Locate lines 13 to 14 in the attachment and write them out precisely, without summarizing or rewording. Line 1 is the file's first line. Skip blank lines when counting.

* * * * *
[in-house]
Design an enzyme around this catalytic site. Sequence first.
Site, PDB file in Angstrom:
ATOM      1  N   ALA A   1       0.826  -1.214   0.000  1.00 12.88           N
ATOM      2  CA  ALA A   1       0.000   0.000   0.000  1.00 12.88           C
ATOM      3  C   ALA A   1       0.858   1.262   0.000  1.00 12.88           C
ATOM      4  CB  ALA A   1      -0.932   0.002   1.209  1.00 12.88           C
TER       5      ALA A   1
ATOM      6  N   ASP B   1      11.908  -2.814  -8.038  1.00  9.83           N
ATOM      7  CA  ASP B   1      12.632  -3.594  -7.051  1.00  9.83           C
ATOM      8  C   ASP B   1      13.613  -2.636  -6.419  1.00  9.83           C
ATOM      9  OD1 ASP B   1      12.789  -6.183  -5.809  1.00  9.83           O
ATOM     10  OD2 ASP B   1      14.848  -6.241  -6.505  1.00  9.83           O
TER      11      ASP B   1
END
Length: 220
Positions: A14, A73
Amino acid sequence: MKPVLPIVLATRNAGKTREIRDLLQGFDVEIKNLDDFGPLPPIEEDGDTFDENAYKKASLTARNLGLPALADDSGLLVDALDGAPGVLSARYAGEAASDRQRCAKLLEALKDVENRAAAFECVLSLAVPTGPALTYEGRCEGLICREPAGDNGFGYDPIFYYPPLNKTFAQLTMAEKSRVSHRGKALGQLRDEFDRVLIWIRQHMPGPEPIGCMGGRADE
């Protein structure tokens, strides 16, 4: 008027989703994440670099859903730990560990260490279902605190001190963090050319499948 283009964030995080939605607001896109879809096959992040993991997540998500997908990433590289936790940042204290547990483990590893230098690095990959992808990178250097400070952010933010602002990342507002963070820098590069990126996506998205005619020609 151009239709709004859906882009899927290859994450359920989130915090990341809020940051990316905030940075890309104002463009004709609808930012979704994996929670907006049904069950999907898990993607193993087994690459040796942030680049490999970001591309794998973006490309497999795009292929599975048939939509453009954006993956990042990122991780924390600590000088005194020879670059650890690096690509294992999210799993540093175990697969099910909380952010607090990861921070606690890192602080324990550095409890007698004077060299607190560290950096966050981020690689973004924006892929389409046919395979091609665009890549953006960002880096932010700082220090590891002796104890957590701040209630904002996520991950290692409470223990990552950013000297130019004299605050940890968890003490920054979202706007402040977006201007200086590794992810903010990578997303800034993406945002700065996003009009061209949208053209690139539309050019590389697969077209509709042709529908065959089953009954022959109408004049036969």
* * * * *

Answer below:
ATOM     10  OD2 ASP B   1      14.848  -6.241  -6.505  1.00  9.83           O
TER      11      ASP B   1